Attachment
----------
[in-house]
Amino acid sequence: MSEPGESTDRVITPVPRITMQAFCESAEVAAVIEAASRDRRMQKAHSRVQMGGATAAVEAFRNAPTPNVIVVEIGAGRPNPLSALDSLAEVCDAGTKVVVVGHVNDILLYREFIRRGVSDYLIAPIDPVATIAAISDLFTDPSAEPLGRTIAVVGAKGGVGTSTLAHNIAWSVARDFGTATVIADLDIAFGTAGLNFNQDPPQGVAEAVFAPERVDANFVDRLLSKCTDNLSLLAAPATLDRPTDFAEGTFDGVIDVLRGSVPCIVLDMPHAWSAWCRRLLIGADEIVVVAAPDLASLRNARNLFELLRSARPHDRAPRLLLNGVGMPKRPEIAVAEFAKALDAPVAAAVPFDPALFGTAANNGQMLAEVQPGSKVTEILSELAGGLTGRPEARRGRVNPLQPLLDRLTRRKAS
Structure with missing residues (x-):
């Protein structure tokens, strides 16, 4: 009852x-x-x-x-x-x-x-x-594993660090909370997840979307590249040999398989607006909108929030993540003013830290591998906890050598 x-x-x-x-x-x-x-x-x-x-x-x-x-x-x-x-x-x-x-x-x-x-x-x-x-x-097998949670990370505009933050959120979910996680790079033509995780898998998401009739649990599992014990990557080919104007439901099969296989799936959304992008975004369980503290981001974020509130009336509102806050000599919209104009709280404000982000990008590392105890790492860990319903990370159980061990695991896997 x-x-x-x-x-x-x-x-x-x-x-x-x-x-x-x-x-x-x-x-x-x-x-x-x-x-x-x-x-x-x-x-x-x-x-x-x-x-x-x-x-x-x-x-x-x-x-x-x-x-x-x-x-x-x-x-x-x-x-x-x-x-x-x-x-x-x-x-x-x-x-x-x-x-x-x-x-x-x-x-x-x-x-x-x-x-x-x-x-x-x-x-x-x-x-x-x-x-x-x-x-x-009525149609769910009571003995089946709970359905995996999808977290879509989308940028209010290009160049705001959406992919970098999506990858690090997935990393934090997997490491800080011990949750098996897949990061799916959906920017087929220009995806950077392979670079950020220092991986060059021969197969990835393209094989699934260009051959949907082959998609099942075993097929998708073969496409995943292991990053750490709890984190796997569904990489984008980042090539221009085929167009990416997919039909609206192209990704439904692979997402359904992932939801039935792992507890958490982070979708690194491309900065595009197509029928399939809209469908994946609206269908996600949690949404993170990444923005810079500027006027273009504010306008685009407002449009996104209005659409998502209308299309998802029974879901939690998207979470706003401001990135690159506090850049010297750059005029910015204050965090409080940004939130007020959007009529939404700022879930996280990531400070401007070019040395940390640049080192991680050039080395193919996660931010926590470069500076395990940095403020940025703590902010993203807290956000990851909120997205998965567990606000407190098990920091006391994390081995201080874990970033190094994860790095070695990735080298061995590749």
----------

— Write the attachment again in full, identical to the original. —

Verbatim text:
[in-house]
Amino acid sequence: MSEPGESTDRVITPVPRITMQAFCESAEVAAVIEAASRDRRMQKAHSRVQMGGATAAVEAFRNAPTPNVIVVEIGAGRPNPLSALDSLAEVCDAGTKVVVVGHVNDILLYREFIRRGVSDYLIAPIDPVATIAAISDLFTDPSAEPLGRTIAVVGAKGGVGTSTLAHNIAWSVARDFGTATVIADLDIAFGTAGLNFNQDPPQGVAEAVFAPERVDANFVDRLLSKCTDNLSLLAAPATLDRPTDFAEGTFDGVIDVLRGSVPCIVLDMPHAWSAWCRRLLIGADEIVVVAAPDLASLRNARNLFELLRSARPHDRAPRLLLNGVGMPKRPEIAVAEFAKALDAPVAAAVPFDPALFGTAANNGQMLAEVQPGSKVTEILSELAGGLTGRPEARRGRVNPLQPLLDRLTRRKAS
Structure with missing residues (x-):
């Protein structure tokens, strides 16, 4: 009852x-x-x-x-x-x-x-x-594993660090909370997840979307590249040999398989607006909108929030993540003013830290591998906890050598 x-x-x-x-x-x-x-x-x-x-x-x-x-x-x-x-x-x-x-x-x-x-x-x-x-x-097998949670990370505009933050959120979910996680790079033509995780898998998401009739649990599992014990990557080919104007439901099969296989799936959304992008975004369980503290981001974020509130009336509102806050000599919209104009709280404000982000990008590392105890790492860990319903990370159980061990695991896997 x-x-x-x-x-x-x-x-x-x-x-x-x-x-x-x-x-x-x-x-x-x-x-x-x-x-x-x-x-x-x-x-x-x-x-x-x-x-x-x-x-x-x-x-x-x-x-x-x-x-x-x-x-x-x-x-x-x-x-x-x-x-x-x-x-x-x-x-x-x-x-x-x-x-x-x-x-x-x-x-x-x-x-x-x-x-x-x-x-x-x-x-x-x-x-x-x-x-x-x-x-x-009525149609769910009571003995089946709970359905995996999808977290879509989308940028209010290009160049705001959406992919970098999506990858690090997935990393934090997997490491800080011990949750098996897949990061799916959906920017087929220009995806950077392979670079950020220092991986060059021969197969990835393209094989699934260009051959949907082959998609099942075993097929998708073969496409995943292991990053750490709890984190796997569904990489984008980042090539221009085929167009990416997919039909609206192209990704439904692979997402359904992932939801039935792992507890958490982070979708690194491309900065595009197509029928399939809209469908994946609206269908996600949690949404993170990444923005810079500027006027273009504010306008685009407002449009996104209005659409998502209308299309998802029974879901939690998207979470706003401001990135690159506090850049010297750059005029910015204050965090409080940004939130007020959007009529939404700022879930996280990531400070401007070019040395940390640049080192991680050039080395193919996660931010926590470069500076395990940095403020940025703590902010993203807290956000990851909120997205998965567990606000407190098990920091006391994390081995201080874990970033190094994860790095070695990735080298061995590749």